UCSF researchers have devised a CRISPR-based system called SLICE, which will allow scientists to rapidly assess the function of each and every gene in “primary” immune cells.
To develop novel therapies to treat specific subtypes of COPD, and potentially even to reverse some of the symptoms, scientists at UCSF are taking a precision medicine approach to the disease.
The ascendancy of CRISPR systems raises a grand hope: If these tools can illuminate the causes of disease in the laboratory, why not bring them into the clinic to treat patients?
A new blood test for children with brain tumors offers a safer approach than surgical biopsies and may allow doctors to measure the effectiveness of treatment even before changes are identified on scans.
A new spinal cord injury protocol, based on research by UCSF scientists, is a mixture of revised evaluations and new treatments to personalize care. It has spurred quicker recoveries for patients.
By creating a tailored drug cocktail that matches the mutations of a brain tumor, a new precision medicine approach may move the needle for children with high-grade gliomas.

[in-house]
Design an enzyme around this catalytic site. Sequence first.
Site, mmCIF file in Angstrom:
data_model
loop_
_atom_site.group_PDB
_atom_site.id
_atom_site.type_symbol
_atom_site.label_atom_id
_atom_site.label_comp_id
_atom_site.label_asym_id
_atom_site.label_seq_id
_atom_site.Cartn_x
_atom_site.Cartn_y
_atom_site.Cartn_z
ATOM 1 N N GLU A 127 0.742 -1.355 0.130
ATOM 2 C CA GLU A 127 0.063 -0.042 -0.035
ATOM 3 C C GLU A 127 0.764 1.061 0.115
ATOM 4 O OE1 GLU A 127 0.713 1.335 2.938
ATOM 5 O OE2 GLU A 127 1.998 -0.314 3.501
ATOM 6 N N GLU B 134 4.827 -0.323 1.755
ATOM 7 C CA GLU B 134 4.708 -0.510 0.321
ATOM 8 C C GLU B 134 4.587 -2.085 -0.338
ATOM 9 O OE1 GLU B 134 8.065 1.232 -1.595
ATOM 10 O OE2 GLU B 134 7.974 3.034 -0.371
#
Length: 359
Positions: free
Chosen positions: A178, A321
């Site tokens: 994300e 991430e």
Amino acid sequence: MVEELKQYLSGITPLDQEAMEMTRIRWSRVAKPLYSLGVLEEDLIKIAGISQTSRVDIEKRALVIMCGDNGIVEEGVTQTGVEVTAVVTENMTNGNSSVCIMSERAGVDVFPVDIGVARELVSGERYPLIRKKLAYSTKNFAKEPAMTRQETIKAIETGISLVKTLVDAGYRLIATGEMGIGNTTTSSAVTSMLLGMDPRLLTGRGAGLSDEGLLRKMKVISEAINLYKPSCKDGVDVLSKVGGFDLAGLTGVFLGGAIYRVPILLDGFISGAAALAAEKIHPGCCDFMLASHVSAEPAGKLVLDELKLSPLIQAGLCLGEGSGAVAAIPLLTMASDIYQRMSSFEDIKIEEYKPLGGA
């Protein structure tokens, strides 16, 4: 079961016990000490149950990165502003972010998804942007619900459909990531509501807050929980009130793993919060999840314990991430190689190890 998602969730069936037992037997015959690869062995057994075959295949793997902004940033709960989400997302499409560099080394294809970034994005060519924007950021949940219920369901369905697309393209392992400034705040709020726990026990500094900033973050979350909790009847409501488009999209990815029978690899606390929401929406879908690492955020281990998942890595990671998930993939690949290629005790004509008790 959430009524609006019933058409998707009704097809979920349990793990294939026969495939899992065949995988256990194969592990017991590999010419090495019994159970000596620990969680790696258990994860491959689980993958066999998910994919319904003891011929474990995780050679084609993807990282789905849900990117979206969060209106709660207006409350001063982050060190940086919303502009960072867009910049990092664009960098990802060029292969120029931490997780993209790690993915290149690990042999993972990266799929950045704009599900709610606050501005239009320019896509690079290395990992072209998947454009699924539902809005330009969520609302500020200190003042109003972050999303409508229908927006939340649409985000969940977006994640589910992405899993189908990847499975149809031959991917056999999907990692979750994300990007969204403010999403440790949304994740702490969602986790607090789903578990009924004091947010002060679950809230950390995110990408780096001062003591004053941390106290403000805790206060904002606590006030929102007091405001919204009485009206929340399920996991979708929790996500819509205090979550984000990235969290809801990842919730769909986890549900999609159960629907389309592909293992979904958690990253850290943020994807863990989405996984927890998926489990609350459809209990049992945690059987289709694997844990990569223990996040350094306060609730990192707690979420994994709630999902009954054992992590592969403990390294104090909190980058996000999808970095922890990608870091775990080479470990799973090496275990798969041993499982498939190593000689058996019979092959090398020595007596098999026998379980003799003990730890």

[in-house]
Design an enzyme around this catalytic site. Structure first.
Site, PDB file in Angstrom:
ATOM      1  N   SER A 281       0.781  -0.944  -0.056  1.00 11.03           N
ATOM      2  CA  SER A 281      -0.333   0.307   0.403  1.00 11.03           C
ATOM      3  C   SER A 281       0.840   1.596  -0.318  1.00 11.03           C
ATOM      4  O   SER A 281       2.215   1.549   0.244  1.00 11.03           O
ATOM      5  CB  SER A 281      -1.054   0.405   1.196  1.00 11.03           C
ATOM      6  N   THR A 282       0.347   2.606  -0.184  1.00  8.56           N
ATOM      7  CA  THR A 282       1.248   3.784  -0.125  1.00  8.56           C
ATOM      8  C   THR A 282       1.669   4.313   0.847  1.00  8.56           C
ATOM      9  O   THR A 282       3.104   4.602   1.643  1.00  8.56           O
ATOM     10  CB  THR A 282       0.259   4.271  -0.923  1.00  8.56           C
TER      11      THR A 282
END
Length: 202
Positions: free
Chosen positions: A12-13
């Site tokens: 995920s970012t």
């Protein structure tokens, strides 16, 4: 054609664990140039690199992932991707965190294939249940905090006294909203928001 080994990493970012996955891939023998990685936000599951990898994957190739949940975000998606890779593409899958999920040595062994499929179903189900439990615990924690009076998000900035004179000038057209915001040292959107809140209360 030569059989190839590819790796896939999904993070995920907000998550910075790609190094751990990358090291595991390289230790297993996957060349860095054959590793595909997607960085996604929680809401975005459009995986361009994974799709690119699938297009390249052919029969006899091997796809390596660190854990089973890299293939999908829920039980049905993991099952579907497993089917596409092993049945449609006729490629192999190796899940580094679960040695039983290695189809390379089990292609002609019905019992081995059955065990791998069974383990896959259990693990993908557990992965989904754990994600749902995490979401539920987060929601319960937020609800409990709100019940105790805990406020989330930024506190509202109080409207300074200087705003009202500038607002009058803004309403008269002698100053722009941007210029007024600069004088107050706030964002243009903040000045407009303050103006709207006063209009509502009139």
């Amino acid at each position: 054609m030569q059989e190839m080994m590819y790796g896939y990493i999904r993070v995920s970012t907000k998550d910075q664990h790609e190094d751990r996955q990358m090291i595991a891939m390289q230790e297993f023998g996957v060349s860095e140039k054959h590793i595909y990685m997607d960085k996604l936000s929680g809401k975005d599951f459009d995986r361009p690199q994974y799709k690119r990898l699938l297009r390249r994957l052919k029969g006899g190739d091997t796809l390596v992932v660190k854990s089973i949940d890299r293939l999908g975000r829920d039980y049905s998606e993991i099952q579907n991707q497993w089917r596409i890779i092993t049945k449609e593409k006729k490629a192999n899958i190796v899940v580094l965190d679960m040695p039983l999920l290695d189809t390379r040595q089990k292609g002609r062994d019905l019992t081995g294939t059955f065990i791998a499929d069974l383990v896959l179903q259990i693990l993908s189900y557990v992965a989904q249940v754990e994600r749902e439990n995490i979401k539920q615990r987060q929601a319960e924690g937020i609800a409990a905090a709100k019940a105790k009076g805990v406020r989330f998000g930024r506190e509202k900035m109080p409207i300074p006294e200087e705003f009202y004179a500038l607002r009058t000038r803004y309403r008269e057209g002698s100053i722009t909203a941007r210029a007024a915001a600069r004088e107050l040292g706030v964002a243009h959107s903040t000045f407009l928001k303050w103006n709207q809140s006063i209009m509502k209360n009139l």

UCSF researchers found that 58 percent of women who resided in a nursing home for more than 90 days before breast cancer surgery experienced significant functional decline one year after surgery.
Health professionals should recommend against parents using direct-to-consumer genetic sequencing to diagnose or screen their newborns.
Sensory Processing Disorder, or SPD, causes some children to find everyday stimuli excruciating. Scientists are finally shedding light on what causes the disorder and what can be done about it.
The journey from discovering and developing effective, precise medications to using them correctly and safely in patients is hardly fast and easy. Nor is it a straight shot. Scientists in the UCSF School of Pharmacy are challenging the status quo every step of the way.